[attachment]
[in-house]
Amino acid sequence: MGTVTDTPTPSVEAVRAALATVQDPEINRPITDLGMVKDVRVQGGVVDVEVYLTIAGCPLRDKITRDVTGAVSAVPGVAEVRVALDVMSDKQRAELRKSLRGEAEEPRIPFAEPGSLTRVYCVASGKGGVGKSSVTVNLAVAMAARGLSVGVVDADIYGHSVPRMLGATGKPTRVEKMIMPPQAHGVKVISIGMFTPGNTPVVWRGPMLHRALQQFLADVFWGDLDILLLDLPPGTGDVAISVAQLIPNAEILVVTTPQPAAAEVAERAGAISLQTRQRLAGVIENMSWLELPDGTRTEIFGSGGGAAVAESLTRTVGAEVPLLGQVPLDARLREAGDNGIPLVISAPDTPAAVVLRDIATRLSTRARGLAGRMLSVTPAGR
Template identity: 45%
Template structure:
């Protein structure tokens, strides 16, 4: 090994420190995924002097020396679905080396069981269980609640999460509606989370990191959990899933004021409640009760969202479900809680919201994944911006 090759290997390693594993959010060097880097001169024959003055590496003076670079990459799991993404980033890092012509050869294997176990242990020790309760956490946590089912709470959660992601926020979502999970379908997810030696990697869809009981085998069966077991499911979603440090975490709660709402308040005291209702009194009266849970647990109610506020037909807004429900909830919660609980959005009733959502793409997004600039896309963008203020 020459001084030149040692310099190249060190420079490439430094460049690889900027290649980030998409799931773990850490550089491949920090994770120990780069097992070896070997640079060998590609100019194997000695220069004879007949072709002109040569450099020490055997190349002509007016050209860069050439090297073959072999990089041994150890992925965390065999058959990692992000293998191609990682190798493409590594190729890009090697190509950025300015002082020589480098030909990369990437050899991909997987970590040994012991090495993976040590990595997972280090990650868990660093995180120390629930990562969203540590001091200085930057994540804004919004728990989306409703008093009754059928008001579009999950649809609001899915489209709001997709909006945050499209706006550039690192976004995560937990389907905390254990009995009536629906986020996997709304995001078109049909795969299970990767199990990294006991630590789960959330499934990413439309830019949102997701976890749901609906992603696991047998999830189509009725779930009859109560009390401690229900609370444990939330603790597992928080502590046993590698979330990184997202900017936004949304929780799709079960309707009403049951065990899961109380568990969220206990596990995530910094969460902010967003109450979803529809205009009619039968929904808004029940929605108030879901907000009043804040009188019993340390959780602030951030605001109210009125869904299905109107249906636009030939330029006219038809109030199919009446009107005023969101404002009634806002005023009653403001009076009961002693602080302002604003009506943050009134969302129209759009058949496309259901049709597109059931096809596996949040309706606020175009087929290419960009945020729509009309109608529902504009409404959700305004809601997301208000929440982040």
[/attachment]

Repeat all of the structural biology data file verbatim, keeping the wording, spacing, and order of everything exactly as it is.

[in-house]
Amino acid sequence: MGTVTDTPTPSVEAVRAALATVQDPEINRPITDLGMVKDVRVQGGVVDVEVYLTIAGCPLRDKITRDVTGAVSAVPGVAEVRVALDVMSDKQRAELRKSLRGEAEEPRIPFAEPGSLTRVYCVASGKGGVGKSSVTVNLAVAMAARGLSVGVVDADIYGHSVPRMLGATGKPTRVEKMIMPPQAHGVKVISIGMFTPGNTPVVWRGPMLHRALQQFLADVFWGDLDILLLDLPPGTGDVAISVAQLIPNAEILVVTTPQPAAAEVAERAGAISLQTRQRLAGVIENMSWLELPDGTRTEIFGSGGGAAVAESLTRTVGAEVPLLGQVPLDARLREAGDNGIPLVISAPDTPAAVVLRDIATRLSTRARGLAGRMLSVTPAGR
Template identity: 45%
Template structure:
């Protein structure tokens, strides 16, 4: 090994420190995924002097020396679905080396069981269980609640999460509606989370990191959990899933004021409640009760969202479900809680919201994944911006 090759290997390693594993959010060097880097001169024959003055590496003076670079990459799991993404980033890092012509050869294997176990242990020790309760956490946590089912709470959660992601926020979502999970379908997810030696990697869809009981085998069966077991499911979603440090975490709660709402308040005291209702009194009266849970647990109610506020037909807004429900909830919660609980959005009733959502793409997004600039896309963008203020 020459001084030149040692310099190249060190420079490439430094460049690889900027290649980030998409799931773990850490550089491949920090994770120990780069097992070896070997640079060998590609100019194997000695220069004879007949072709002109040569450099020490055997190349002509007016050209860069050439090297073959072999990089041994150890992925965390065999058959990692992000293998191609990682190798493409590594190729890009090697190509950025300015002082020589480098030909990369990437050899991909997987970590040994012991090495993976040590990595997972280090990650868990660093995180120390629930990562969203540590001091200085930057994540804004919004728990989306409703008093009754059928008001579009999950649809609001899915489209709001997709909006945050499209706006550039690192976004995560937990389907905390254990009995009536629906986020996997709304995001078109049909795969299970990767199990990294006991630590789960959330499934990413439309830019949102997701976890749901609906992603696991047998999830189509009725779930009859109560009390401690229900609370444990939330603790597992928080502590046993590698979330990184997202900017936004949304929780799709079960309707009403049951065990899961109380568990969220206990596990995530910094969460902010967003109450979803529809205009009619039968929904808004029940929605108030879901907000009043804040009188019993340390959780602030951030605001109210009125869904299905109107249906636009030939330029006219038809109030199919009446009107005023969101404002009634806002005023009653403001009076009961002693602080302002604003009506943050009134969302129209759009058949496309259901049709597109059931096809596996949040309706606020175009087929290419960009945020729509009309109608529902504009409404959700305004809601997301208000929440982040």